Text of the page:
David Cameron has apologised for his failure to spot that Britain was lurching into an economic crisis.
He admitted yesterday that a "cosy economic consensus" shared by the main parties had allowed the rise of risky lending, record borrowing and poor regulation. In a move designed to wrongfoot Gordon Brown, who has repeatedly refused to apologise for the failures of the Labour Government to prevent the recession, Mr Cameron said that politicians could only regain the trust of the public by admitting mistakes.
"Of course I'm sorry that we have got some things wrong, we were right to call time on government debt but should we have said more about banking debt and corporate debt? Yes," he said. "Actually saying sorry is the easy bit. The difficult bit is for politicians to look back and say, 'Right, where did I go wrong?'"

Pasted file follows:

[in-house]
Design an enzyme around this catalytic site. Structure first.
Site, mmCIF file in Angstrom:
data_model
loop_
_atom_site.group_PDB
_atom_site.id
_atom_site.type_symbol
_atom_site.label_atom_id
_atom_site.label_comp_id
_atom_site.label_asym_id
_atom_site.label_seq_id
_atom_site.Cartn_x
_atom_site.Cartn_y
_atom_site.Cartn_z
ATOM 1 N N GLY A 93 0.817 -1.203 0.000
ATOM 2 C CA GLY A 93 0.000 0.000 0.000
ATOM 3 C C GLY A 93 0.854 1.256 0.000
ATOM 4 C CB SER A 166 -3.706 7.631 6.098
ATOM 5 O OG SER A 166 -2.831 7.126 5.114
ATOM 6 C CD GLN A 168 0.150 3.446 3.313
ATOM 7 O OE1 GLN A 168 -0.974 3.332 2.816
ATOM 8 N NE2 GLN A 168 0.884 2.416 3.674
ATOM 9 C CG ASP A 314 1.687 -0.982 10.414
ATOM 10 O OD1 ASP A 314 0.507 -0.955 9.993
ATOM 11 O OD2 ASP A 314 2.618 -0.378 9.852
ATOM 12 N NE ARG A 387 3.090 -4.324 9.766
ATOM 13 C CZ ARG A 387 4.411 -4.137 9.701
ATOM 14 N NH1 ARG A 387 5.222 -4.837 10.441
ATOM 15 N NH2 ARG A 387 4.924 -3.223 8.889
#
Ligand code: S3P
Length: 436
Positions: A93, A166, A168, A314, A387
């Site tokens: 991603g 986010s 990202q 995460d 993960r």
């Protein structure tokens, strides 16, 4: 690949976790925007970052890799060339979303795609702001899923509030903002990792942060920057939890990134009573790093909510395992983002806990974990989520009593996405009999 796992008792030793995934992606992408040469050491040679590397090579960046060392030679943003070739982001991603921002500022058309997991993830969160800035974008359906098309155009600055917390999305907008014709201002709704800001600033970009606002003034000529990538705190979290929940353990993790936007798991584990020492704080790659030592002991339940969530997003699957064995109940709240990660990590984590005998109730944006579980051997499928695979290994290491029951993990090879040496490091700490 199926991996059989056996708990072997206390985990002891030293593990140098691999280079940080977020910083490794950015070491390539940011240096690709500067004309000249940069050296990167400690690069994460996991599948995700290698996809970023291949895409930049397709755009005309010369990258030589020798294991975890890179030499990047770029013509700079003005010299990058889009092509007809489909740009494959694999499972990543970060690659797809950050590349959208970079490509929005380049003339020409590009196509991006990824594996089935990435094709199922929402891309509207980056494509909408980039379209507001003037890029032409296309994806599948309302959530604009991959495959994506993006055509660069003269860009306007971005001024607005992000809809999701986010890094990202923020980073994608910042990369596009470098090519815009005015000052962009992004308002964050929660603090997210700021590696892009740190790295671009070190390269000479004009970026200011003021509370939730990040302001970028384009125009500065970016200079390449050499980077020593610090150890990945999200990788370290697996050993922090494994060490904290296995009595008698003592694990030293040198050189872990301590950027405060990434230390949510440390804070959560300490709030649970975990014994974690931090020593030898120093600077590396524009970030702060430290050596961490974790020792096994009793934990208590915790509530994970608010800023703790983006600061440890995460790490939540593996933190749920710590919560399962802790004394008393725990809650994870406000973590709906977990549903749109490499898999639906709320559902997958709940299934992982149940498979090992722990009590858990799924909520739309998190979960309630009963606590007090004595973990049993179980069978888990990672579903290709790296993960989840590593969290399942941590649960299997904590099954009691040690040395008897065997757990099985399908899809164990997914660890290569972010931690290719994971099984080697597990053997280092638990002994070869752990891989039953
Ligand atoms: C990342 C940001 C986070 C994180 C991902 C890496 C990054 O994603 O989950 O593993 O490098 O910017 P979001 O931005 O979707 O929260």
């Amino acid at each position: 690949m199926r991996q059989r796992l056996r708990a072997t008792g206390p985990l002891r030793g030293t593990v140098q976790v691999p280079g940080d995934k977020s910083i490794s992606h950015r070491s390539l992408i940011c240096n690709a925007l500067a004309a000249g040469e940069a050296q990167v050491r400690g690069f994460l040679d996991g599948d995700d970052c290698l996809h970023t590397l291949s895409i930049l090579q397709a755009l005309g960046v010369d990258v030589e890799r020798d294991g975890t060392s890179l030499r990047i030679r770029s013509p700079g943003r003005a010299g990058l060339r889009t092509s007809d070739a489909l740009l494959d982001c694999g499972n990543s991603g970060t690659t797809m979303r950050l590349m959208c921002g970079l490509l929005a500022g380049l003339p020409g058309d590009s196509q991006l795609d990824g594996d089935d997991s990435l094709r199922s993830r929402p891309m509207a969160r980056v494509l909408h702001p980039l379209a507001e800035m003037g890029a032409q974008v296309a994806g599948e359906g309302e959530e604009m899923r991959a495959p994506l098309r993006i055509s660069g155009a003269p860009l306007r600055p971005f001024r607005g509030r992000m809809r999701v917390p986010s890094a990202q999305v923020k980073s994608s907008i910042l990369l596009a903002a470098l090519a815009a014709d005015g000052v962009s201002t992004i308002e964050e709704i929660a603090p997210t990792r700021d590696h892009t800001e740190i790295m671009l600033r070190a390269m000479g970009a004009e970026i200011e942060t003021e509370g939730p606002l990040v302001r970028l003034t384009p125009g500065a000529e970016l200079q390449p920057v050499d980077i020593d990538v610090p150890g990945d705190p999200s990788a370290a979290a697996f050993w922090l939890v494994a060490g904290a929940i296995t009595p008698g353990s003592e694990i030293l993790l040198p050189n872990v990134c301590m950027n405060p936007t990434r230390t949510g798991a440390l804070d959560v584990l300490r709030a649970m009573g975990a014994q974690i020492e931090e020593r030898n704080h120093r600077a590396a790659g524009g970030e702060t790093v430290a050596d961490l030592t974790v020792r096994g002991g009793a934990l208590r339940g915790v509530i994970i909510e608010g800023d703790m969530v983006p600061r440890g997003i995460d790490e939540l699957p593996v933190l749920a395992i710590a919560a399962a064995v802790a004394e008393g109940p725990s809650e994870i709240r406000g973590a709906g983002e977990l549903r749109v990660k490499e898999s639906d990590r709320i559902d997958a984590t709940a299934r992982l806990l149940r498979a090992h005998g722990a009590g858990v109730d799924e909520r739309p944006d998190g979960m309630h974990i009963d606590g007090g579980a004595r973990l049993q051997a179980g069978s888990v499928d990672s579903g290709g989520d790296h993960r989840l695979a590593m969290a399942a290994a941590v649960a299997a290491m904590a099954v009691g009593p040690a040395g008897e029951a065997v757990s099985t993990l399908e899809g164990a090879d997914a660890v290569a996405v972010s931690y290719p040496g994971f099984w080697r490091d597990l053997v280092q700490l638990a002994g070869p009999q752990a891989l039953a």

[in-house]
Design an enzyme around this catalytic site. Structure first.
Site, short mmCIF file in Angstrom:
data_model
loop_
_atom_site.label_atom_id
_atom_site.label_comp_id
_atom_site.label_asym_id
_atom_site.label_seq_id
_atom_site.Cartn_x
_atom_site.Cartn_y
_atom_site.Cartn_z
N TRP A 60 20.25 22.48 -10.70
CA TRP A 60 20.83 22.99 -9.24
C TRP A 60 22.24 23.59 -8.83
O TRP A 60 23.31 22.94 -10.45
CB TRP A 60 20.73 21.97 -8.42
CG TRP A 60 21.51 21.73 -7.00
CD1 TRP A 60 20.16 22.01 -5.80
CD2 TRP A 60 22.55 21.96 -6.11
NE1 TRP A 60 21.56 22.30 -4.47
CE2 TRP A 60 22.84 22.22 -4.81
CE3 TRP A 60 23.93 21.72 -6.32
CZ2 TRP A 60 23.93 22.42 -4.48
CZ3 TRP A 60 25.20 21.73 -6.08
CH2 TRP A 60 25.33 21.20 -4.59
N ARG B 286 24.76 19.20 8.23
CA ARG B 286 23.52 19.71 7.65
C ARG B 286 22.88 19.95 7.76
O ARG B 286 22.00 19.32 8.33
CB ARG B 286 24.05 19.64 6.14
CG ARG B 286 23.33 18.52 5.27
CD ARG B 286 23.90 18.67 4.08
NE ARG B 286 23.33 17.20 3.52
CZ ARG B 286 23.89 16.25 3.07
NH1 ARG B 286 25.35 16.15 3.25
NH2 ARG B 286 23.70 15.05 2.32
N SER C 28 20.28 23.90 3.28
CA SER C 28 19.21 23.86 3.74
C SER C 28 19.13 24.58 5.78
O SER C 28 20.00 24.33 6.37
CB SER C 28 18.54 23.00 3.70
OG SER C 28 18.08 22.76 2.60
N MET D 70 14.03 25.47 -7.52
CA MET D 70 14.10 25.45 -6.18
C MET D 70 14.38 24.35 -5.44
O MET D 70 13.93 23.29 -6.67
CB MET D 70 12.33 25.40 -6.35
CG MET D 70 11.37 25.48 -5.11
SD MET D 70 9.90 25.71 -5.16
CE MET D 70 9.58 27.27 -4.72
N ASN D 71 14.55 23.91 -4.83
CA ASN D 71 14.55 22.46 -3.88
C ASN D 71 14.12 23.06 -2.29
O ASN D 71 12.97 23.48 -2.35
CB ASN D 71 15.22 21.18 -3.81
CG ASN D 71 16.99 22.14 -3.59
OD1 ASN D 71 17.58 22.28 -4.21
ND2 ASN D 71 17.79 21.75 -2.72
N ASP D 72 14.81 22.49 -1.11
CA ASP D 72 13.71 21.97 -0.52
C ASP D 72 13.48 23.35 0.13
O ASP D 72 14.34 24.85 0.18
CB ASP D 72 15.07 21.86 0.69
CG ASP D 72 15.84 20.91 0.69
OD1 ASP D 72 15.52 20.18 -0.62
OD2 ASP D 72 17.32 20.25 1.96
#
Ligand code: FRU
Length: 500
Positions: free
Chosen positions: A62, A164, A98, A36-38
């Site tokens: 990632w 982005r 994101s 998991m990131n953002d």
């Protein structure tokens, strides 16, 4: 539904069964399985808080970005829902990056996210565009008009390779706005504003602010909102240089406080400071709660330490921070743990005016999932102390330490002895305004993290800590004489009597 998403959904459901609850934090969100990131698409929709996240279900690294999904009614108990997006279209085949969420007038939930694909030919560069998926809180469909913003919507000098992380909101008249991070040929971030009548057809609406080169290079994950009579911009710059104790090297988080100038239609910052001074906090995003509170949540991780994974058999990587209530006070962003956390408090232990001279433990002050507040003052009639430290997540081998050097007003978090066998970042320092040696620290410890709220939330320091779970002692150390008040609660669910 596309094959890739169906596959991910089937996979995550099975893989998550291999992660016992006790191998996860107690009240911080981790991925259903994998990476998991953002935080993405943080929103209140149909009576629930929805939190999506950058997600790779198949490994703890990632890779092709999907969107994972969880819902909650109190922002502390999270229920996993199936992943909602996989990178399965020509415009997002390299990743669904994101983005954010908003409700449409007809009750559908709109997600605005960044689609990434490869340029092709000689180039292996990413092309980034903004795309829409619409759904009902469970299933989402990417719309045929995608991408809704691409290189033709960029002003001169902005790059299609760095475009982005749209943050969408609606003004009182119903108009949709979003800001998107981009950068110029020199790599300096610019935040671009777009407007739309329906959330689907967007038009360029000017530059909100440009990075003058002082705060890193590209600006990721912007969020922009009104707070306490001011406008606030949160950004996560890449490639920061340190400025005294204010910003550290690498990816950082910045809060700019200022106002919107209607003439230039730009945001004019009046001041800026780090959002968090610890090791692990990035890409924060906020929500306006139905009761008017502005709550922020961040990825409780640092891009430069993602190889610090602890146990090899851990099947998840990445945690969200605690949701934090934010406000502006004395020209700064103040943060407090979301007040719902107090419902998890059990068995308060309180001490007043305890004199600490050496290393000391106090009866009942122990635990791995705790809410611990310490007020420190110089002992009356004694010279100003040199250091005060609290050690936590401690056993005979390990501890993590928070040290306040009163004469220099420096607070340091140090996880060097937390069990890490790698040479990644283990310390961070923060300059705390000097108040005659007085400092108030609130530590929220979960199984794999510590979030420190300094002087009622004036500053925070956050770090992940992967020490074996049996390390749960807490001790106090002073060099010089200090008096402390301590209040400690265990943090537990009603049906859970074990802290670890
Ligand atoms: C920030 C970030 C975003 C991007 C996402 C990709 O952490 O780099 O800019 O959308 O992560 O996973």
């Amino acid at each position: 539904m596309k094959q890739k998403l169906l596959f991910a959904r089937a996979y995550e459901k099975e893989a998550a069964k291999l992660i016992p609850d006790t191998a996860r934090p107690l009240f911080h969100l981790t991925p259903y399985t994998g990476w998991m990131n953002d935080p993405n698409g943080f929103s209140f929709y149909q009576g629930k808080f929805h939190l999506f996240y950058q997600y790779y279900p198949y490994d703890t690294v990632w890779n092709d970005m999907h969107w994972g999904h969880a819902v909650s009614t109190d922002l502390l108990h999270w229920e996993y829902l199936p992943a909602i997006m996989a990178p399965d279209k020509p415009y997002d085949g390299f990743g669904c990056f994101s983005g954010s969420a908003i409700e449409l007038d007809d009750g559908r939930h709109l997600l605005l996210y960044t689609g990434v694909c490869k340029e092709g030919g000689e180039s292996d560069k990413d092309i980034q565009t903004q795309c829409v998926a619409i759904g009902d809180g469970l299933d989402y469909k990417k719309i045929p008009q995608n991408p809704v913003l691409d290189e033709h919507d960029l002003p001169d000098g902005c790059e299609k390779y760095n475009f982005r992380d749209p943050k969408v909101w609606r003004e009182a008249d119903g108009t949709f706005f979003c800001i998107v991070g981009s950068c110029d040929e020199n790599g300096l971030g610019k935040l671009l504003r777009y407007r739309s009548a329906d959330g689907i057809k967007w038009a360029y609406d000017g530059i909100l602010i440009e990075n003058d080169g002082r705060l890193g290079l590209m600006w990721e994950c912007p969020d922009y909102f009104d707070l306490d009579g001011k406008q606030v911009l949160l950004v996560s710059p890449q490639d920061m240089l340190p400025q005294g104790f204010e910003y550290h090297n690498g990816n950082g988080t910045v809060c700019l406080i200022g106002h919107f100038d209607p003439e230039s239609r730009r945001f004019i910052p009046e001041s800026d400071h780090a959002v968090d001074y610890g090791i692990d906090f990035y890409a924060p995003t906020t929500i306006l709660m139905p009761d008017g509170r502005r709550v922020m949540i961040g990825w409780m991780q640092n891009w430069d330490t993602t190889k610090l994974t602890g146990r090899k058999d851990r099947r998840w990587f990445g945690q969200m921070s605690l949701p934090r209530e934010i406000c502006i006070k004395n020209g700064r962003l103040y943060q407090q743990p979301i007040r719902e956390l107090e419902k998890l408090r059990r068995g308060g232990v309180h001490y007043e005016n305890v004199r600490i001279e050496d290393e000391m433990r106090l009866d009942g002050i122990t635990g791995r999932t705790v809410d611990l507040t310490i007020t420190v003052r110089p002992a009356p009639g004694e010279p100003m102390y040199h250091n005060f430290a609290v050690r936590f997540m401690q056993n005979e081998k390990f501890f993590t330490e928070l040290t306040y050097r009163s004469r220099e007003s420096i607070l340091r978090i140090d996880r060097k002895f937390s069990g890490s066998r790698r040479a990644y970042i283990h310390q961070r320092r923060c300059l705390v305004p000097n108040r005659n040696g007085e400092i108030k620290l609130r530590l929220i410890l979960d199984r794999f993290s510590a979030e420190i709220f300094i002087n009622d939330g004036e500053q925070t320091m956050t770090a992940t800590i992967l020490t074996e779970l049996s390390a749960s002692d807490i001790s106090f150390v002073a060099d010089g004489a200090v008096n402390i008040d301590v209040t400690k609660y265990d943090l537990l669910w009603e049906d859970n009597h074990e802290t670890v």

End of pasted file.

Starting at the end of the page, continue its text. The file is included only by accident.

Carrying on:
In a speech to the British Chamber of Commerce, he said that the next government needed to "make a clean break" with the policies of the past. He said that while his party had flagged up rising public sector debt, it "could have warned more" over the mounting debts of banks.